By Malik Riaz Hai Naveed, Webmaster & Chief Edtior
We at FootballPakistan.Com (FPDC) had the exclusive Chance to talk to Dr. Zaf Iqbal who is the first team Doctor and english Premier League Side Liverpool FC. With players like Steven Gerrard, Dirk Kuyt, Andy Carroll and others the Reds are regularly a contender for the Premier League Title.
FootballPakistan.Com: Dr. Zaf Iqbal congratulations for your Nomination for the Asian Football Award! How do you feel about it?
Dr. Zaf Iqbal: Thankyou. To be nominated for an award for recognition of any work that you do is fantastic and even more rewarding, as it’s for a job that I enjoy so much. I am just happy being appreciated by anyone that I’m able to help. Working at Liverpool FC has obviously raised my profile further and allowed me to be involved with other projects outside Liverpool FC, which probably contributed to my nomination for this award. These include projects such as promoting physical activity and healthy lifestyles especially in the South Asian community and schools through the Zesh Rehman Foundation, Sporting Equals and writing articles in national magazines. The nomination probably means more to my parents as it will mean others acknowledge my success which has come on the back of their hard work.
FPDC: Could you tell us about your background? What made you a doctor? How did you became so good at that area of medicine?
ZI: I was born in Pakistan and came over to England with my parents when I was 2 months old. My father worked as a bus driver and mum in a shop and made huge sacrifices and encouraged me to study. My decision to become a doctor was very personal as I had a young sister who had brain cancer and the care she received inspired me to follow the health care profession. I qualified as a doctor in 1999 and decided to specialise in Sports and Exercise medicine in 2004. This was following my own knee injury during a game of football and I found that the care that I received was not adequate and so I decided to study further and haven’t stopped studying since. I didn’t return to Pakistan until 2005 and again in 2007 where I was involved in voluntary medical camps after being moved by the widespread coverage of the horrific Earthquake disaster. I would love to return but haven’t been able to due to family and work commitments.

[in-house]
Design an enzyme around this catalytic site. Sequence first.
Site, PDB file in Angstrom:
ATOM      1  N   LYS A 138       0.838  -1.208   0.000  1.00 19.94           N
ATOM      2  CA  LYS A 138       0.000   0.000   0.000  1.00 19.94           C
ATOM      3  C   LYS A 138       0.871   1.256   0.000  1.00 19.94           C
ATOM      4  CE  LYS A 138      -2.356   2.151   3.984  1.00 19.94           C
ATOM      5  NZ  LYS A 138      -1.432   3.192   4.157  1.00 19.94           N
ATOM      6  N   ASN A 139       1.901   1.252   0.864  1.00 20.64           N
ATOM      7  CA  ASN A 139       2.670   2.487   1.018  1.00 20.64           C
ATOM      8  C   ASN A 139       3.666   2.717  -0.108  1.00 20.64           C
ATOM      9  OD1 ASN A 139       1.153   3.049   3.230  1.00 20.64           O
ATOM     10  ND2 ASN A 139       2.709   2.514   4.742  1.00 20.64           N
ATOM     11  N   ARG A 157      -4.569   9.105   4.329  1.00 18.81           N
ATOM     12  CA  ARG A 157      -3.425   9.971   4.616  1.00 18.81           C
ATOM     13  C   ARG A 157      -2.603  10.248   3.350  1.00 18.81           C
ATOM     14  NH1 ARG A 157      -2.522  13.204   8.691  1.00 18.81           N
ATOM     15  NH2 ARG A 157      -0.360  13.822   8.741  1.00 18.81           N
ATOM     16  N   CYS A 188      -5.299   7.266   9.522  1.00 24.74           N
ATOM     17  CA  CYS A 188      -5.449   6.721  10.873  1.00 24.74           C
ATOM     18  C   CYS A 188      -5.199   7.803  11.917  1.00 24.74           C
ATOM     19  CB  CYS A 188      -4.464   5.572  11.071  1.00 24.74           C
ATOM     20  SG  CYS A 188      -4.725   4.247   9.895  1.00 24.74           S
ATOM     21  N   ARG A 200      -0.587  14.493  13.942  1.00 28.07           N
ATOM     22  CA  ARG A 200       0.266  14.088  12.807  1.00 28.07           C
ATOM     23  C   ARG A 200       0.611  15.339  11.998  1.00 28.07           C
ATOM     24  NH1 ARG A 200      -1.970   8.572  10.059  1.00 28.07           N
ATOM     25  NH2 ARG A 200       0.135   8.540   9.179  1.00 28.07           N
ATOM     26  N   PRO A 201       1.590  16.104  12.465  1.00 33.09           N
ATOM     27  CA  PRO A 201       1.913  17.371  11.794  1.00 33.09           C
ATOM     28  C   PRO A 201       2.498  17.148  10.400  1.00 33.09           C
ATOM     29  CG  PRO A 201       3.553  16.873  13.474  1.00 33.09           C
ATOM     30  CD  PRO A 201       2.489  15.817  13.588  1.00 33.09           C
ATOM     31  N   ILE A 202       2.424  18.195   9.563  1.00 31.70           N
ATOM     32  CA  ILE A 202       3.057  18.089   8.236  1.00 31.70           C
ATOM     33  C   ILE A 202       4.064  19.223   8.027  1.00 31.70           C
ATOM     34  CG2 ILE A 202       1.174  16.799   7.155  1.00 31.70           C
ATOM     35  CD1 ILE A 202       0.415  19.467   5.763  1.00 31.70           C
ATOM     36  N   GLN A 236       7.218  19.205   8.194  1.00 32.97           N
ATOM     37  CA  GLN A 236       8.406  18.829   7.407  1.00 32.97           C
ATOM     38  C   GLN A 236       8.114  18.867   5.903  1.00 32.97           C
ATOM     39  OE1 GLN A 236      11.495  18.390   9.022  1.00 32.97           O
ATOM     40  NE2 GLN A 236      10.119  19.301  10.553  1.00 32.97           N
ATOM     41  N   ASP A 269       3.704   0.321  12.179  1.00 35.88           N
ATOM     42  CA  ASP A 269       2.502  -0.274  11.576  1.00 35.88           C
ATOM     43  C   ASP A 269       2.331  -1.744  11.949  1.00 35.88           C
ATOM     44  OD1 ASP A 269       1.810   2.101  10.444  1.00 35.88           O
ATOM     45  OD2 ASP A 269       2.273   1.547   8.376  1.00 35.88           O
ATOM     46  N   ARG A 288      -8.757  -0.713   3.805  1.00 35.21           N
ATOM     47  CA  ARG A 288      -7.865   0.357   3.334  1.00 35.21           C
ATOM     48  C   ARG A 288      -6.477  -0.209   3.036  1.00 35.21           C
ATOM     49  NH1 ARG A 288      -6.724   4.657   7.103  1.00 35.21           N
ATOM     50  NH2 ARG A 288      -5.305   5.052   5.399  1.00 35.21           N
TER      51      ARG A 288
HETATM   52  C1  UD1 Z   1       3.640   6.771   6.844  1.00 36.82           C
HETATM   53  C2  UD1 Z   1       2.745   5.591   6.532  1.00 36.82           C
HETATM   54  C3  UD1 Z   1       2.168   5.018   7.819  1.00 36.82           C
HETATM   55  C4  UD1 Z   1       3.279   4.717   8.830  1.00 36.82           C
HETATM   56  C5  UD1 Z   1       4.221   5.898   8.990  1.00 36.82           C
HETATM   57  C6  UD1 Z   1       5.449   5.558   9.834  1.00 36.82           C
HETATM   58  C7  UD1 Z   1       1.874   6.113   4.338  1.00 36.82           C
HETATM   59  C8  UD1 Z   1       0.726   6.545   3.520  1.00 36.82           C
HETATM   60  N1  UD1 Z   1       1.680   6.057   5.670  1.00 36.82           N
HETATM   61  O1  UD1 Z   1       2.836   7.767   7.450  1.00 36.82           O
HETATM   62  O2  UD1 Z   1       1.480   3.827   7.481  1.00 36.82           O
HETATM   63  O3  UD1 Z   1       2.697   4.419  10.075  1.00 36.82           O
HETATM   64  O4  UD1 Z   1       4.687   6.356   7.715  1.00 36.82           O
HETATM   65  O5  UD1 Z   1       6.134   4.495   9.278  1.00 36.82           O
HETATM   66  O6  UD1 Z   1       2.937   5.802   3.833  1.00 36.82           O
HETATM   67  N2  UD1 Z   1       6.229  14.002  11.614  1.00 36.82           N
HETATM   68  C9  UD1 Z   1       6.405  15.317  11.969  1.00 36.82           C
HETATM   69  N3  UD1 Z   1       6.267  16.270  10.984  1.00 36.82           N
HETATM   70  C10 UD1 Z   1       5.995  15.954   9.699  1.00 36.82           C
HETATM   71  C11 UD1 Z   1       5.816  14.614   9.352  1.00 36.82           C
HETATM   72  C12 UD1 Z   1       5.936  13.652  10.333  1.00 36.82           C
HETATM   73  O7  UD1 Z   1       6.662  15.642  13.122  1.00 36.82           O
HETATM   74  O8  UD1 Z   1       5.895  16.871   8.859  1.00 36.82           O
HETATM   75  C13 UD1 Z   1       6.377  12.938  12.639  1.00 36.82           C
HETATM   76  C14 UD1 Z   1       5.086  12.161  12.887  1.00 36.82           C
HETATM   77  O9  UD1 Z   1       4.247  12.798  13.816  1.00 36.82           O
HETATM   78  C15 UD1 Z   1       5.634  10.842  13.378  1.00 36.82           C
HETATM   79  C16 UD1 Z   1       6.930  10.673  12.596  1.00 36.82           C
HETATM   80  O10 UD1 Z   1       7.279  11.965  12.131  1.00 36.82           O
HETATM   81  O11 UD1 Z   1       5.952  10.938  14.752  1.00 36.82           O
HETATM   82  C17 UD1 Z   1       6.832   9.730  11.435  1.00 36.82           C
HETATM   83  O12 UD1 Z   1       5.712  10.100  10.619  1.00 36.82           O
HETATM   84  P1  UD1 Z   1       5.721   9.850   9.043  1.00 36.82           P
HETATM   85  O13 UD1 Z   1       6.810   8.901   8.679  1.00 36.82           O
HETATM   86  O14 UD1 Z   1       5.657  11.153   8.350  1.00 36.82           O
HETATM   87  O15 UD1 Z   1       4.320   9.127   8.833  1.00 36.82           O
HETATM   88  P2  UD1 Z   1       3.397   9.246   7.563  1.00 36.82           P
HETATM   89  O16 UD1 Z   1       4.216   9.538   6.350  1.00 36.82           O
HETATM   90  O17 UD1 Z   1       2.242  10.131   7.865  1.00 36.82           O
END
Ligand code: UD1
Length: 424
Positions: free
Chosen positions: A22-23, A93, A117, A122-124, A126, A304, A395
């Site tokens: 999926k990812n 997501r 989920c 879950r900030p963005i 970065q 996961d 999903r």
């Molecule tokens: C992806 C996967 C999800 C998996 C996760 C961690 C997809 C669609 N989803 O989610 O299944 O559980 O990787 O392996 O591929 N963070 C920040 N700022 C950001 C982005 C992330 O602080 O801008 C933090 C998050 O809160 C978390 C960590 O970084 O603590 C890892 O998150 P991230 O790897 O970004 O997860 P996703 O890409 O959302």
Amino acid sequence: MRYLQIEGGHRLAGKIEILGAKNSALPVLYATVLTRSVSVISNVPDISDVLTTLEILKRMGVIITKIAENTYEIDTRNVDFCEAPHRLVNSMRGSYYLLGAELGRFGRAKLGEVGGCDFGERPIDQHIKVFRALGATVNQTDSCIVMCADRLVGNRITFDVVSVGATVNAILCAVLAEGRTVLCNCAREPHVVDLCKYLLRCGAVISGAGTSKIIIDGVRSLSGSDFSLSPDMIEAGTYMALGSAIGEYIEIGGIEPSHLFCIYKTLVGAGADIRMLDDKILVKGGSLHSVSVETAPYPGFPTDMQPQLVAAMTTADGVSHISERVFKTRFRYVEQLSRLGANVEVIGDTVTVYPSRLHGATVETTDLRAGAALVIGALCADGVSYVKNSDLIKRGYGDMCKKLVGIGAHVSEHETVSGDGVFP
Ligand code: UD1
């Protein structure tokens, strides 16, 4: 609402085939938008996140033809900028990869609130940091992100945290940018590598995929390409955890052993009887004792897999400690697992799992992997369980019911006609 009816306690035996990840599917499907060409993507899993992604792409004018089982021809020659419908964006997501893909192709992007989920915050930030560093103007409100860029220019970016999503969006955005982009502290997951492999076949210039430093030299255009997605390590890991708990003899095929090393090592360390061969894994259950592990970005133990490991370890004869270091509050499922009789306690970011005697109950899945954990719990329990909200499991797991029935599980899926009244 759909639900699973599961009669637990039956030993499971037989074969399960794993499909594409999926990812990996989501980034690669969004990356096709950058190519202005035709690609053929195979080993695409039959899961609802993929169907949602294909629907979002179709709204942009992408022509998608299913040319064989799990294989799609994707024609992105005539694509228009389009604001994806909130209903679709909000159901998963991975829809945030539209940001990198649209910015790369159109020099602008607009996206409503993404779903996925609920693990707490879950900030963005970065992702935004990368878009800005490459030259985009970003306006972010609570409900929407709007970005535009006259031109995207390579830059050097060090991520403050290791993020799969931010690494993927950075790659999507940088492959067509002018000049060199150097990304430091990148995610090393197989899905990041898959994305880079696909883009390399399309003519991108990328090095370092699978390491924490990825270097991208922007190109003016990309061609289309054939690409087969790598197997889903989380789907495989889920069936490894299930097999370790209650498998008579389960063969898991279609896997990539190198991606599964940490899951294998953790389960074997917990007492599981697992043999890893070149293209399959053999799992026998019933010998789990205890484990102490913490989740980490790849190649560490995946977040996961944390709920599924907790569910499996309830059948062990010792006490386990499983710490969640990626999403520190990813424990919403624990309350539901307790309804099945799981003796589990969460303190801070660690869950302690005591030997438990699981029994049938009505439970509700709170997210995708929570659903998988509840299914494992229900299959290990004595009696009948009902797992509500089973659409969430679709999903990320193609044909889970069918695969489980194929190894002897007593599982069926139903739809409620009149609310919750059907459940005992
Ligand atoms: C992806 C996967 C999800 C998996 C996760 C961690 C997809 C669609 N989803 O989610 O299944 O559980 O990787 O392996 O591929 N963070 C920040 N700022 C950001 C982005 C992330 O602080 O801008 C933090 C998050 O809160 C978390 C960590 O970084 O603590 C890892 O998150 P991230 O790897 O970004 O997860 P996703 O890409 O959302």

My strong work ethic and drive has come from both my parents as I remember how much they struggled and strived to ensure the best for their kids. Their reward is seeing me succeed and that encourages me even more to be the best I can be which has been acknowledged wherever I’ve worked.
FPDC: What qualification a doctor must have to get to the level that you are?
ZI: After obtaining my Medical degree in 1999, I’ve been studying further qualifications with the most relevant being an MSc in Sports and Exercise medicine. Then it was a case of gaining knowledge through various Sports and Exercise Medicine clinics and sports teams and hoping for a bit of luck that a team would take a chance with you. A lot of my free time was taken up initially doing voluntary work just to gain the relevant experience and that is something that many who wish to follow in my footsteps fail to appreciate. Quite simply my aim is to provide the best Sports Medicine care available and specialist advice in the world for the players.
FPDC: Do you like and play football yourself?